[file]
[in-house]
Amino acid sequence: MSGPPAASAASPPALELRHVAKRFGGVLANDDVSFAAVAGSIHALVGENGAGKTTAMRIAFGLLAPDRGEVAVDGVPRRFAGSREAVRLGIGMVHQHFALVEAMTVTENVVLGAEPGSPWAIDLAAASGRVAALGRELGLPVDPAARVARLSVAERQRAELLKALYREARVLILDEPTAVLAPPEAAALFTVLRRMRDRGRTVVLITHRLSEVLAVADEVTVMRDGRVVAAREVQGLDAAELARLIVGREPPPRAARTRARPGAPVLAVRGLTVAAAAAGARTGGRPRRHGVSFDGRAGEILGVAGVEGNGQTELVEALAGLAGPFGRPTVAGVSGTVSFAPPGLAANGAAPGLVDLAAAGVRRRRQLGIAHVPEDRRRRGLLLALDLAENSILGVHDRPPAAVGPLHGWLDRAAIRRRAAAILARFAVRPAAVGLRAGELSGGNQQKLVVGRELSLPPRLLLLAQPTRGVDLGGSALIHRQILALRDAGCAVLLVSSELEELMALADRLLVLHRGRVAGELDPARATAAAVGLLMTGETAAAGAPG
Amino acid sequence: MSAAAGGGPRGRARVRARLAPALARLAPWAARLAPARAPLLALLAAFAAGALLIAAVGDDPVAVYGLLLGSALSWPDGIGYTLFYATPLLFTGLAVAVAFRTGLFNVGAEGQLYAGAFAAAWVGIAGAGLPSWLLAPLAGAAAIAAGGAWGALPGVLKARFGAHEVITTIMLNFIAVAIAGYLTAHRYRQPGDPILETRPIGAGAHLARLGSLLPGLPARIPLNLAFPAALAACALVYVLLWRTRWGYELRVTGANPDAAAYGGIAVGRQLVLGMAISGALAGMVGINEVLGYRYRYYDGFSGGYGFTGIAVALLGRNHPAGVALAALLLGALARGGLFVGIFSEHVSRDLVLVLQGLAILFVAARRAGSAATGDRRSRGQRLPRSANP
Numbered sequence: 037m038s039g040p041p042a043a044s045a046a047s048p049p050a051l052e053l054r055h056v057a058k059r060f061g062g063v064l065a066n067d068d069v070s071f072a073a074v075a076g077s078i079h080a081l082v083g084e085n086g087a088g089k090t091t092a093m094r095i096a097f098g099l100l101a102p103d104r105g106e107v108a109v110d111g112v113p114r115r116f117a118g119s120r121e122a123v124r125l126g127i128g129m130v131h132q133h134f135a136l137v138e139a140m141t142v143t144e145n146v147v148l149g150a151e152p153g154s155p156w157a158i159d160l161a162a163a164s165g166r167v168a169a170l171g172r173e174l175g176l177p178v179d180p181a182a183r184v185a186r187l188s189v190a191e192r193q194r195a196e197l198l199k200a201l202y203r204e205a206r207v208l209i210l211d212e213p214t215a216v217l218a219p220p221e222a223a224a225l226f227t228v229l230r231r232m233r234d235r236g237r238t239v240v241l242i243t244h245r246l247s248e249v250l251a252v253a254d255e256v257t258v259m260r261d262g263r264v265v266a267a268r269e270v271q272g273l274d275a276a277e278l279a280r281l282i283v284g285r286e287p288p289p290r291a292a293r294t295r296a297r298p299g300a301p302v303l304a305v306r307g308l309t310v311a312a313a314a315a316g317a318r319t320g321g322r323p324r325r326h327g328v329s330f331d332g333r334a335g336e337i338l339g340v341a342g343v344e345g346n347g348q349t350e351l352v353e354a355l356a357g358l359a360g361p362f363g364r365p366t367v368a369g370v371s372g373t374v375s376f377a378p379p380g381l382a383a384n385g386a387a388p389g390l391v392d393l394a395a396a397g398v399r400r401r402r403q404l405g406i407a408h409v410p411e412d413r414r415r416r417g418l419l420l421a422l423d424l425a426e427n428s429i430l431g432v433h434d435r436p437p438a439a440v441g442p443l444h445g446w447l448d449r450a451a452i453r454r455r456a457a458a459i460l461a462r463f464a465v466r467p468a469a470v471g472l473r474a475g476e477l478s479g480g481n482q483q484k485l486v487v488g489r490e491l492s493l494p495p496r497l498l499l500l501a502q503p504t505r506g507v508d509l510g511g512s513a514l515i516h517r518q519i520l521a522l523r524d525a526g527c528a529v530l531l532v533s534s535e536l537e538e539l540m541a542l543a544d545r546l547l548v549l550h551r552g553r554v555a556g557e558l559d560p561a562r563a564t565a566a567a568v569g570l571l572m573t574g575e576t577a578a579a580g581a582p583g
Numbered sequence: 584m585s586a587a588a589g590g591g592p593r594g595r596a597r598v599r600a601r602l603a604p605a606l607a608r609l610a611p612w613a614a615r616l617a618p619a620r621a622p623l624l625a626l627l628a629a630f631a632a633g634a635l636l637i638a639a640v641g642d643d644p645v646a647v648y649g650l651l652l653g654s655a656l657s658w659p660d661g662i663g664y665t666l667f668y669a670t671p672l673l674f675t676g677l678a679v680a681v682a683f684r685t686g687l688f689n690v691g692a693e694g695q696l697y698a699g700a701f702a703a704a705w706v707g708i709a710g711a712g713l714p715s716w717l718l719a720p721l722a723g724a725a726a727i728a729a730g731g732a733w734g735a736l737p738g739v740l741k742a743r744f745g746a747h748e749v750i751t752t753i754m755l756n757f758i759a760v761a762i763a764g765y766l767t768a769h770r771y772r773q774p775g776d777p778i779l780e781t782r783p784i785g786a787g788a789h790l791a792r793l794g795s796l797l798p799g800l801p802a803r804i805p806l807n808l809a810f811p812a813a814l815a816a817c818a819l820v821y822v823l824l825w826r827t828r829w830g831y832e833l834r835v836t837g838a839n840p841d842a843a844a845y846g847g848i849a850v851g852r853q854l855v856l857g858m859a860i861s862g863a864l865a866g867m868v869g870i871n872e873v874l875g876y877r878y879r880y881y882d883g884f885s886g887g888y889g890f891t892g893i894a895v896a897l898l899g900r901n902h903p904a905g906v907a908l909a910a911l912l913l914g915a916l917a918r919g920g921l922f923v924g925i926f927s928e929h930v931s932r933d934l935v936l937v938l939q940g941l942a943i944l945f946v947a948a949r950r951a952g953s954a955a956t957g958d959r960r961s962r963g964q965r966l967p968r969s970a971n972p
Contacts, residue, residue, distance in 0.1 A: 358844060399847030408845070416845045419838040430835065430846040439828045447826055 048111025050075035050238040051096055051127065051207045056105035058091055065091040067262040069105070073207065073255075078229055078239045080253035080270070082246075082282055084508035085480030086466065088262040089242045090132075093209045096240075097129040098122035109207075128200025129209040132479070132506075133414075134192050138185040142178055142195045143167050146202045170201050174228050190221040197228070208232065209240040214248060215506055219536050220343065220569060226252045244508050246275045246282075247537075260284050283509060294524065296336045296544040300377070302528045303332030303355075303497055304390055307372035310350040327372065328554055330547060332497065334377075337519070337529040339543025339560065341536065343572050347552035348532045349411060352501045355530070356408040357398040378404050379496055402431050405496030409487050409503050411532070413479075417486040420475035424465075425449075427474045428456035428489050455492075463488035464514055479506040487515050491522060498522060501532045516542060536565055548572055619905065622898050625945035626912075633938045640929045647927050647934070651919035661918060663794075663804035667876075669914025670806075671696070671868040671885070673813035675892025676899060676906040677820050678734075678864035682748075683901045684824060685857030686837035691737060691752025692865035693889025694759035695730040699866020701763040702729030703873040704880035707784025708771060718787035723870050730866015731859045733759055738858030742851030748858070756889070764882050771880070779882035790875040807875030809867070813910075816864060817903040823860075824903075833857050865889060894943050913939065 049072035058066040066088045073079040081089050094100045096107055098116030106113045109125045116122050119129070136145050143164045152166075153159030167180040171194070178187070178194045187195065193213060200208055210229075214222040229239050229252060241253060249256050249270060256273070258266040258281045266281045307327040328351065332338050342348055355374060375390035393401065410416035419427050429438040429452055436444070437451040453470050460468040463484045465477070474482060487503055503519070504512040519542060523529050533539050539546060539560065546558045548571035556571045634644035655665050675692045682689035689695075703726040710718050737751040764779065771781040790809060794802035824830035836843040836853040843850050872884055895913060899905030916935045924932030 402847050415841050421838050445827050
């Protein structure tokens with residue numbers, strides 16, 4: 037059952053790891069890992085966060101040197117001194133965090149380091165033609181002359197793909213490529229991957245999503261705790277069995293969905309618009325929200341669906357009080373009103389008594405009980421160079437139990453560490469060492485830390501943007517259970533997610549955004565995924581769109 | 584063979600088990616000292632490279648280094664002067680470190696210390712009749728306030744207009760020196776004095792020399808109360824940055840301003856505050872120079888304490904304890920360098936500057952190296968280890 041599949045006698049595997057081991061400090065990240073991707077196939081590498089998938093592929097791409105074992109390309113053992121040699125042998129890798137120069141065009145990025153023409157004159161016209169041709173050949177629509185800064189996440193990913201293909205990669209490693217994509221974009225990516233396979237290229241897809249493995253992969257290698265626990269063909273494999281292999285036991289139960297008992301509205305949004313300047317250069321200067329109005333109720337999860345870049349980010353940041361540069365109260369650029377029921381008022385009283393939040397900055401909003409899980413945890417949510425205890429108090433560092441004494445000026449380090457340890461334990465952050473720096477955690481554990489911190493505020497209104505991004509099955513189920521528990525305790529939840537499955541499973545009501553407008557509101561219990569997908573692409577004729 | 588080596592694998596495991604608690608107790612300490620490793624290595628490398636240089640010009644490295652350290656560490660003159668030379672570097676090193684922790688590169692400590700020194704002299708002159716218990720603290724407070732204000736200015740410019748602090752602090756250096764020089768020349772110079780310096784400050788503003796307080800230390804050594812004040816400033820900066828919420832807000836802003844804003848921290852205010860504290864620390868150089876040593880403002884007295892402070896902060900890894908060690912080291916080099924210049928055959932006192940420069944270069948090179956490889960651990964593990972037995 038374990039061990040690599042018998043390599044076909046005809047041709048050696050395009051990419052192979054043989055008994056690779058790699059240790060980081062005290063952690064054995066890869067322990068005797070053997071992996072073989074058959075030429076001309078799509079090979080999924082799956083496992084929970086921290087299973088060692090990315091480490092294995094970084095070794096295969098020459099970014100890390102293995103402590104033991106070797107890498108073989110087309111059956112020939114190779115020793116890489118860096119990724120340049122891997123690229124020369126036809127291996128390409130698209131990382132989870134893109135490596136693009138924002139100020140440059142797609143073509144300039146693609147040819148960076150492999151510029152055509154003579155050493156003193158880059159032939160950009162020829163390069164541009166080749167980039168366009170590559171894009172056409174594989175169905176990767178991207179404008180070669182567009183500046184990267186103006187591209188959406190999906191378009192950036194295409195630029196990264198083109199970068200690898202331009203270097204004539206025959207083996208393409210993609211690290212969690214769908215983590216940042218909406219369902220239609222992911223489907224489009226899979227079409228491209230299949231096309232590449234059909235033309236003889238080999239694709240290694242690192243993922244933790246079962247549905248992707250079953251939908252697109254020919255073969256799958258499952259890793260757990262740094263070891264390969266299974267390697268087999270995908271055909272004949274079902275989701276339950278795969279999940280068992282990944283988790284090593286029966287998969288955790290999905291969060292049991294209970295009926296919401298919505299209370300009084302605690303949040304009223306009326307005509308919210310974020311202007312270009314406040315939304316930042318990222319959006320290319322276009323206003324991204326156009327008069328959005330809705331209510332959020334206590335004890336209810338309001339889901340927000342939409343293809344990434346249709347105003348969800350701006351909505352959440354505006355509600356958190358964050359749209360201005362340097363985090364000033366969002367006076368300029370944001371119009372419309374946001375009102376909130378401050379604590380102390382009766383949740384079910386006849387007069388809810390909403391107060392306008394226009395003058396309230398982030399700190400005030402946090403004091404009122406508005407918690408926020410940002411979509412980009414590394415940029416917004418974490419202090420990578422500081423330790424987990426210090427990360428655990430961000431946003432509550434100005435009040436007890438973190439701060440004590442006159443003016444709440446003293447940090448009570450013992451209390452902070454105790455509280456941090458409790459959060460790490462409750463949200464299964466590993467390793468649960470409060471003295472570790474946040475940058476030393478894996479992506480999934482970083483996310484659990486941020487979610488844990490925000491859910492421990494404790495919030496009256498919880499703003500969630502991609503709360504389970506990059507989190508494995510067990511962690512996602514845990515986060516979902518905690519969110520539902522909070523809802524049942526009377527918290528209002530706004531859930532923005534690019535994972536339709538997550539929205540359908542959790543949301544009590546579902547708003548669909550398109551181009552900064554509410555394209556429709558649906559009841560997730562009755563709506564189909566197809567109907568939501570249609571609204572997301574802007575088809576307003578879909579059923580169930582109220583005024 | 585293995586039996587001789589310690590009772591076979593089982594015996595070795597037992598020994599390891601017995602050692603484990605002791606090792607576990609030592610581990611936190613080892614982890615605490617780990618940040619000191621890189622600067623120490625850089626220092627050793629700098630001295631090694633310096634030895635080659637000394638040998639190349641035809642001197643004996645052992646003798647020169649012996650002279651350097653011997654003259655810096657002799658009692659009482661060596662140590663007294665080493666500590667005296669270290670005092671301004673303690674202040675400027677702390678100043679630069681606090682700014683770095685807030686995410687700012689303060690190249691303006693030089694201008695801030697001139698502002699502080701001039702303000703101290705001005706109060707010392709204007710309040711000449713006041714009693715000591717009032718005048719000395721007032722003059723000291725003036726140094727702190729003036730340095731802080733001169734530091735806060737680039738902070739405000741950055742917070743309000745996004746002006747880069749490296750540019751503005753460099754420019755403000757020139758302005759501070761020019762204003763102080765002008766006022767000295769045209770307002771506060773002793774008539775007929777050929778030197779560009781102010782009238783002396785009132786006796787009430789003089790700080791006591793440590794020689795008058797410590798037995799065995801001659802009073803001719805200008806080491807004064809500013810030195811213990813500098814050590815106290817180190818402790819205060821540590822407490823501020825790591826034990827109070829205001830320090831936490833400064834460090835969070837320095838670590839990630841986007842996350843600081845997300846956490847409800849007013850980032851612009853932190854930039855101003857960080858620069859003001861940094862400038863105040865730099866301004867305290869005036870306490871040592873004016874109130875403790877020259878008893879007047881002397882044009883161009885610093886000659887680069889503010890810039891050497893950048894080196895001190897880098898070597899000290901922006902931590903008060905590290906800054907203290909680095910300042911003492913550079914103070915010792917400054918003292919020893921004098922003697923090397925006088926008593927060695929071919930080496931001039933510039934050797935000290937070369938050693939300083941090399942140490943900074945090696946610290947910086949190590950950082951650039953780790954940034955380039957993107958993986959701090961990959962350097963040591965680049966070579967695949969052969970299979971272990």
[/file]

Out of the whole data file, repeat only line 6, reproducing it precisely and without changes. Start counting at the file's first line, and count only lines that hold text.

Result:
Contacts, residue, residue, distance in 0.1 A: 358844060399847030408845070416845045419838040430835065430846040439828045447826055 048111025050075035050238040051096055051127065051207045056105035058091055065091040067262040069105070073207065073255075078229055078239045080253035080270070082246075082282055084508035085480030086466065088262040089242045090132075093209045096240075097129040098122035109207075128200025129209040132479070132506075133414075134192050138185040142178055142195045143167050146202045170201050174228050190221040197228070208232065209240040214248060215506055219536050220343065220569060226252045244508050246275045246282075247537075260284050283509060294524065296336045296544040300377070302528045303332030303355075303497055304390055307372035310350040327372065328554055330547060332497065334377075337519070337529040339543025339560065341536065343572050347552035348532045349411060352501045355530070356408040357398040378404050379496055402431050405496030409487050409503050411532070413479075417486040420475035424465075425449075427474045428456035428489050455492075463488035464514055479506040487515050491522060498522060501532045516542060536565055548572055619905065622898050625945035626912075633938045640929045647927050647934070651919035661918060663794075663804035667876075669914025670806075671696070671868040671885070673813035675892025676899060676906040677820050678734075678864035682748075683901045684824060685857030686837035691737060691752025692865035693889025694759035695730040699866020701763040702729030703873040704880035707784025708771060718787035723870050730866015731859045733759055738858030742851030748858070756889070764882050771880070779882035790875040807875030809867070813910075816864060817903040823860075824903075833857050865889060894943050913939065 049072035058066040066088045073079040081089050094100045096107055098116030106113045109125045116122050119129070136145050143164045152166075153159030167180040171194070178187070178194045187195065193213060200208055210229075214222040229239050229252060241253060249256050249270060256273070258266040258281045266281045307327040328351065332338050342348055355374060375390035393401065410416035419427050429438040429452055436444070437451040453470050460468040463484045465477070474482060487503055503519070504512040519542060523529050533539050539546060539560065546558045548571035556571045634644035655665050675692045682689035689695075703726040710718050737751040764779065771781040790809060794802035824830035836843040836853040843850050872884055895913060899905030916935045924932030 402847050415841050421838050445827050